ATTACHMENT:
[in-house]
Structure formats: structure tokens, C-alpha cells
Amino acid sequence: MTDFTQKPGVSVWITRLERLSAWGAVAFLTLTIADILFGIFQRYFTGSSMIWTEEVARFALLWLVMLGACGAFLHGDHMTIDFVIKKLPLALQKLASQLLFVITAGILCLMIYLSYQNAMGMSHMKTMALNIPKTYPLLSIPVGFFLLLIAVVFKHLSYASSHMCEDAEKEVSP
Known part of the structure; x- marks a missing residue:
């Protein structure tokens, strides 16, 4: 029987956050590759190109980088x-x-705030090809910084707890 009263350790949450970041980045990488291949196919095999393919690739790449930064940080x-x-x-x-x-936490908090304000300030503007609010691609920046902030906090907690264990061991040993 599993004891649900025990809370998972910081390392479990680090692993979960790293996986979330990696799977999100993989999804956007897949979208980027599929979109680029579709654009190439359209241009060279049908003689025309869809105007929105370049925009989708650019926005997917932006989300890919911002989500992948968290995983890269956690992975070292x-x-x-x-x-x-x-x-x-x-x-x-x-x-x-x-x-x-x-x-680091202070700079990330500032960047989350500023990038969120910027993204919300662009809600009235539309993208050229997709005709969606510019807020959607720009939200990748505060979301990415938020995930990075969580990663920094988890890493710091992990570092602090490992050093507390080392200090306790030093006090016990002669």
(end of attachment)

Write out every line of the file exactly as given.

[in-house]
Structure formats: structure tokens, C-alpha cells
Amino acid sequence: MTDFTQKPGVSVWITRLERLSAWGAVAFLTLTIADILFGIFQRYFTGSSMIWTEEVARFALLWLVMLGACGAFLHGDHMTIDFVIKKLPLALQKLASQLLFVITAGILCLMIYLSYQNAMGMSHMKTMALNIPKTYPLLSIPVGFFLLLIAVVFKHLSYASSHMCEDAEKEVSP
Known part of the structure; x- marks a missing residue:
């Protein structure tokens, strides 16, 4: 029987956050590759190109980088x-x-705030090809910084707890 009263350790949450970041980045990488291949196919095999393919690739790449930064940080x-x-x-x-x-936490908090304000300030503007609010691609920046902030906090907690264990061991040993 599993004891649900025990809370998972910081390392479990680090692993979960790293996986979330990696799977999100993989999804956007897949979208980027599929979109680029579709654009190439359209241009060279049908003689025309869809105007929105370049925009989708650019926005997917932006989300890919911002989500992948968290995983890269956690992975070292x-x-x-x-x-x-x-x-x-x-x-x-x-x-x-x-x-x-x-x-680091202070700079990330500032960047989350500023990038969120910027993204919300662009809600009235539309993208050229997709005709969606510019807020959607720009939200990748505060979301990415938020995930990075969580990663920094988890890493710091992990570092602090490992050093507390080392200090306790030093006090016990002669």